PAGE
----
You say you can't bring you voice down. That's fine, you don't want to strain your voice anyway.
Have you considered wearing a large, bushy (and very obviously fake) beard/goatee to the table? It would probably help people remember your character's gender, since they would see it every time they looked at you, and getting a few laughs in would also help to ease tensions about the whole debacle.
The other answers are all good, too. Upvotes all around. But personally, I try not to pass up the opportunity for a good visual cue.
I was asked for an example of something similar I did myself, so here we go. Now, this wasn't actually D&D, mind you, and not specifically regarding the issue of gender differentiation, but it's along the same lines of reminding the players who this character is without constantly having to remind them of details that are not inherently obvious by looking at me as a player (or GM, in this case):
I was running a game of Wraith: the Oblivion where I had one NPC who was particularly relevant to the plot. He knew a lot about plot-relevant things and had a fair bit of power at his fingertips, but he was also very nerdy and nervous socially - not the sort of character I wanted the players to take too seriously in conversation, otherwise they might advance through the story faster than I wanted them to.
So, I got a pair of cheap plastic glasses from the dollar store (some ridiculous shade of neon green if I recall), broke them in half along the bridge and wrapped it up with masking tape. I popped out the lenses too. Every time the players went to see this character, I would put on the glasses and start wringing my hands and making "nerd noises" while he spoke. The glasses kept slipping off my nose, too, because of the weakened bridge, which led to me constantly pushing them up - which not only completed the character for them, but also helped me stay in character, too.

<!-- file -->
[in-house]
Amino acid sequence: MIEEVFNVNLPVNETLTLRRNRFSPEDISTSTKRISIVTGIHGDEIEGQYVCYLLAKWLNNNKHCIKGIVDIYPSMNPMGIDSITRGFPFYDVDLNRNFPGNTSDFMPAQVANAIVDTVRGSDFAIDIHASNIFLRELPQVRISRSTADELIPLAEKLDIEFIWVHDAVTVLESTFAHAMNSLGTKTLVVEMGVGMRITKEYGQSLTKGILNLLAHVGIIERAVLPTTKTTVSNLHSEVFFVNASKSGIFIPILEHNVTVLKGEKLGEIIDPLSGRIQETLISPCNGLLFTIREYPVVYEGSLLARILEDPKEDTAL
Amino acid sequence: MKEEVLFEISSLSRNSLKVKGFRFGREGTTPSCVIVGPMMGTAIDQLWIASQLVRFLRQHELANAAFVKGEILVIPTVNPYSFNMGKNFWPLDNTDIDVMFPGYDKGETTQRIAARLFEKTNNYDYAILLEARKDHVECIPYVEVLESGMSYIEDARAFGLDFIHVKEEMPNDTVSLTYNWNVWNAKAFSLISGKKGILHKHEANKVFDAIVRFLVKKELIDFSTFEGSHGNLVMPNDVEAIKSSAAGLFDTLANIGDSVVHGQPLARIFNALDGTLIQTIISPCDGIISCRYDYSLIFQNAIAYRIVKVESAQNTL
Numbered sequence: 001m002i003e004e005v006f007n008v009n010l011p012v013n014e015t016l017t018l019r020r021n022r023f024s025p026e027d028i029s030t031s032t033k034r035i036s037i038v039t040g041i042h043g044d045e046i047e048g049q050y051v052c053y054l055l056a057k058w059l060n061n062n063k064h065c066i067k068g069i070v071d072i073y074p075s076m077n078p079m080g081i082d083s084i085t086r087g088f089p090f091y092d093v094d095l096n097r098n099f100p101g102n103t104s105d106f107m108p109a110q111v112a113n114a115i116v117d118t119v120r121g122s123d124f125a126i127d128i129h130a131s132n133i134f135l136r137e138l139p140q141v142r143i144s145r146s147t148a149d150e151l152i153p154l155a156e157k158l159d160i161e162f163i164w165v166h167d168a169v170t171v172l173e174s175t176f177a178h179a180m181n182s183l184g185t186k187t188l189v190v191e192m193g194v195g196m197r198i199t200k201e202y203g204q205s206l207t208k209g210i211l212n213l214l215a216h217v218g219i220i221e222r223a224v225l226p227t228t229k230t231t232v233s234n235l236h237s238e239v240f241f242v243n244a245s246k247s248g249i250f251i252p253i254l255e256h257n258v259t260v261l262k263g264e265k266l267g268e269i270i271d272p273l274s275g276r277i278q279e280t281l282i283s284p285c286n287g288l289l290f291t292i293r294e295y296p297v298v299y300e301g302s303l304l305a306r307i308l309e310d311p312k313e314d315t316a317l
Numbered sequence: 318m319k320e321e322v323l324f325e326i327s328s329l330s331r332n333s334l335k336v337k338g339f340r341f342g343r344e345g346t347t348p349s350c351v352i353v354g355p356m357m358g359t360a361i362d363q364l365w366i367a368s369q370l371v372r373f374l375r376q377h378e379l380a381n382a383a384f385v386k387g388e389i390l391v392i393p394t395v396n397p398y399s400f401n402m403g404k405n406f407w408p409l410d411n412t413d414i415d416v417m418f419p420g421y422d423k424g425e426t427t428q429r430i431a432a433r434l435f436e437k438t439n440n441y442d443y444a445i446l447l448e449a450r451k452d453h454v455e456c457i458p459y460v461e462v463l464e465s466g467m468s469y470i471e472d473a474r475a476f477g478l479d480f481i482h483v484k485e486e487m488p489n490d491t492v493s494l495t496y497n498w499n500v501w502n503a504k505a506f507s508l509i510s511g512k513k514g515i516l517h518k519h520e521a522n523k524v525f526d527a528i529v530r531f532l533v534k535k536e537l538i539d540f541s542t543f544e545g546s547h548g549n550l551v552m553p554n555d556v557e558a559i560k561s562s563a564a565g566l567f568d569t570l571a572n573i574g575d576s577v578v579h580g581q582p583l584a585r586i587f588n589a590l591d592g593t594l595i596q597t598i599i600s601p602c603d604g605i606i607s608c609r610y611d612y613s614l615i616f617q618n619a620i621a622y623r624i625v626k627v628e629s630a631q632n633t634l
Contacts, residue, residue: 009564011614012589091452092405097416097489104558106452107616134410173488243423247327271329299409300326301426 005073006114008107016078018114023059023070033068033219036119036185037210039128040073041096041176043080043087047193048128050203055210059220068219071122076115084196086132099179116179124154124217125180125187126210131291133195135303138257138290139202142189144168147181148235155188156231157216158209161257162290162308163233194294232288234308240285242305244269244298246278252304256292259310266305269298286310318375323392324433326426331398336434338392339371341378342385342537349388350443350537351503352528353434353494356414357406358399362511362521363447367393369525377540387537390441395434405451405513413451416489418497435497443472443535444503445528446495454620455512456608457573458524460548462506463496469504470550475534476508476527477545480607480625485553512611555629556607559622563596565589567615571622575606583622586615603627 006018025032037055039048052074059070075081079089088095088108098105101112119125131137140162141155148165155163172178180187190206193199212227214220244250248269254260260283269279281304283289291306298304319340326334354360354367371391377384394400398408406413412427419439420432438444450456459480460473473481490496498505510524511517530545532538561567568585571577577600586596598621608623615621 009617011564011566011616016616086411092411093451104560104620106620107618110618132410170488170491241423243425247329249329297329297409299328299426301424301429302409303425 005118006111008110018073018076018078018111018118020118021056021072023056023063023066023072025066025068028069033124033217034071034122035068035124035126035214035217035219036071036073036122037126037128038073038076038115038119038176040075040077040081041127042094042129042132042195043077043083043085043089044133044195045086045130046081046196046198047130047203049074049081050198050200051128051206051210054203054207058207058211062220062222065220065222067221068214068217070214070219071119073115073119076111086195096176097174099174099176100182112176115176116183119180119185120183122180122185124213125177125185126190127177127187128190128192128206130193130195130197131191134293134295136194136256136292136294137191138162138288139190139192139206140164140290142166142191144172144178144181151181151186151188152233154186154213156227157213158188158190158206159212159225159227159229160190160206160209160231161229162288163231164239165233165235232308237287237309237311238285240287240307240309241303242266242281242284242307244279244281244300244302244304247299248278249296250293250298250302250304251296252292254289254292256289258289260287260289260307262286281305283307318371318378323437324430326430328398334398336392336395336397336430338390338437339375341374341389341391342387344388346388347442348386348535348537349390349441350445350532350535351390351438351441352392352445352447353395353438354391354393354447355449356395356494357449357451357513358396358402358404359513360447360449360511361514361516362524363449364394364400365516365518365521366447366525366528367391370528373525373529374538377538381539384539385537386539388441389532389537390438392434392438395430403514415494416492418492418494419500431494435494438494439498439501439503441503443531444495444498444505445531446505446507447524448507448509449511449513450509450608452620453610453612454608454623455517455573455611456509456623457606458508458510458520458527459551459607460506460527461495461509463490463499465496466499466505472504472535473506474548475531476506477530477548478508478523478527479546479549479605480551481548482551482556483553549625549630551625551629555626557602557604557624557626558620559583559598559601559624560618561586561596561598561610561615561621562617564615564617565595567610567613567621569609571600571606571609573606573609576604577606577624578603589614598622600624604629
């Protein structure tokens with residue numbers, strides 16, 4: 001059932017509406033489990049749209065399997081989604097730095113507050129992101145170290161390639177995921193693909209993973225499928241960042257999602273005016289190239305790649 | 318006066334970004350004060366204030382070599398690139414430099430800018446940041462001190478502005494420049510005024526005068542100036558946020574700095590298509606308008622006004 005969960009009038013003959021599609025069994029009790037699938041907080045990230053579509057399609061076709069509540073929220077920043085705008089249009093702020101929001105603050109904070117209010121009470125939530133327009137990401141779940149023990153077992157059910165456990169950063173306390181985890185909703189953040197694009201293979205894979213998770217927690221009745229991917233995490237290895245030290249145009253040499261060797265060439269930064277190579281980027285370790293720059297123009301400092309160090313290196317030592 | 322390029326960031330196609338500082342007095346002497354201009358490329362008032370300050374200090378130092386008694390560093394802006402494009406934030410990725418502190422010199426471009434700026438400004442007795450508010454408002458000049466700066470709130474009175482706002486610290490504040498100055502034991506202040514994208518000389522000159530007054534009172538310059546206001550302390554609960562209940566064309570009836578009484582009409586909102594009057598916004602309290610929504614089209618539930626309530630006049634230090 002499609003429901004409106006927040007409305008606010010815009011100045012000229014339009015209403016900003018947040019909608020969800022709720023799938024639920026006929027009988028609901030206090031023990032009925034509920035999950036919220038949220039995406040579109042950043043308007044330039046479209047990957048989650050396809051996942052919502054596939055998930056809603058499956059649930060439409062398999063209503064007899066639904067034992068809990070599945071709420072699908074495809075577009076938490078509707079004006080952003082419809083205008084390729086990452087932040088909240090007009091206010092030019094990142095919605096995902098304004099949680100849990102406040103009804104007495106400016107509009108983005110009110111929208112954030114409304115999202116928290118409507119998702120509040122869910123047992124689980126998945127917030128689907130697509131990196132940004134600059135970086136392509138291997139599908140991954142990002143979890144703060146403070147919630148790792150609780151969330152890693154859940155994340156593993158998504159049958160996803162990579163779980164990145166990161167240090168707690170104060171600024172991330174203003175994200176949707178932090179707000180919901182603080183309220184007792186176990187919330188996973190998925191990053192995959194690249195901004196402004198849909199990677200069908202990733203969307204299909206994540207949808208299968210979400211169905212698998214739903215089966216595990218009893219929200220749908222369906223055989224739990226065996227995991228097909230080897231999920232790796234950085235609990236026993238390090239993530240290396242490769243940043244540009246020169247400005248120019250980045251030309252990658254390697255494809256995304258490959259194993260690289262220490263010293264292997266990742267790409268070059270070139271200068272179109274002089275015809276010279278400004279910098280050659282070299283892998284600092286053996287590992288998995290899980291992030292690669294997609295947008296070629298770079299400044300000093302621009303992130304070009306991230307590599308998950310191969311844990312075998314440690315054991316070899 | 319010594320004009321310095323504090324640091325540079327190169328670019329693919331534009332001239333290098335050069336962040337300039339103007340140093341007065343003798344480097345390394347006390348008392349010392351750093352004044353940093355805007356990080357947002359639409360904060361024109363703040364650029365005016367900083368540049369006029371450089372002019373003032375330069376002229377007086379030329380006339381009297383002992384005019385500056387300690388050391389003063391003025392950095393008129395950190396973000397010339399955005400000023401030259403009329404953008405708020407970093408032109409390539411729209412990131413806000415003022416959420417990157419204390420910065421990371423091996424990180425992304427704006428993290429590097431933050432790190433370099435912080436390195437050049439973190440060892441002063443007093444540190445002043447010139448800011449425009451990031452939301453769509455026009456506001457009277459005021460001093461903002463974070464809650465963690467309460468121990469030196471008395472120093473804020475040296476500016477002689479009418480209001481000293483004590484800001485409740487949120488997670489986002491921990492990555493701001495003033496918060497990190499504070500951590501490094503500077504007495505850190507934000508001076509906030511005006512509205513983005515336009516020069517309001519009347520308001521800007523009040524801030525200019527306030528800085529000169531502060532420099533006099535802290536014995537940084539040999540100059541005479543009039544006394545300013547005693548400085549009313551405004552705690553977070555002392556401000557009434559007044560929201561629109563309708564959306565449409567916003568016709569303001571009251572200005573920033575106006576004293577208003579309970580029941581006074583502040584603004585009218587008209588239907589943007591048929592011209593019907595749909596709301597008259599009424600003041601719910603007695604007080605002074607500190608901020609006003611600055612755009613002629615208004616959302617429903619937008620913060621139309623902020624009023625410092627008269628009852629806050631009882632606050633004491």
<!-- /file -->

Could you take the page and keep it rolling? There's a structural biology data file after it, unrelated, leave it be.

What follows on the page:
It worked beautifully to set the atmosphere, it made the players laugh, and it achieved my personal GM goal of making them not take the character too seriously in role-play. It was one of the better NPCs I've ever run, if I may say so myself.
I know we all like to approach these games seriously and with respect to the rules and so on, but we're also here to have fun, and a little comic relief can go a long way to keeping everyone in line and making characters memorable as entities beyond the player who controls them at the table. In situations like this, where you want to remind the other players of a subtle detail that isn't obvious from looking at you (as a player), a good visual cue can go a long way.
If you're worried about the comedic angle derailing the game, consider something else, less funny, but equally cheap to obtain. The fake beard is what I would go with in this situation, but you do you. Just something physical and visual that the others will see and remind them you're playing a male character.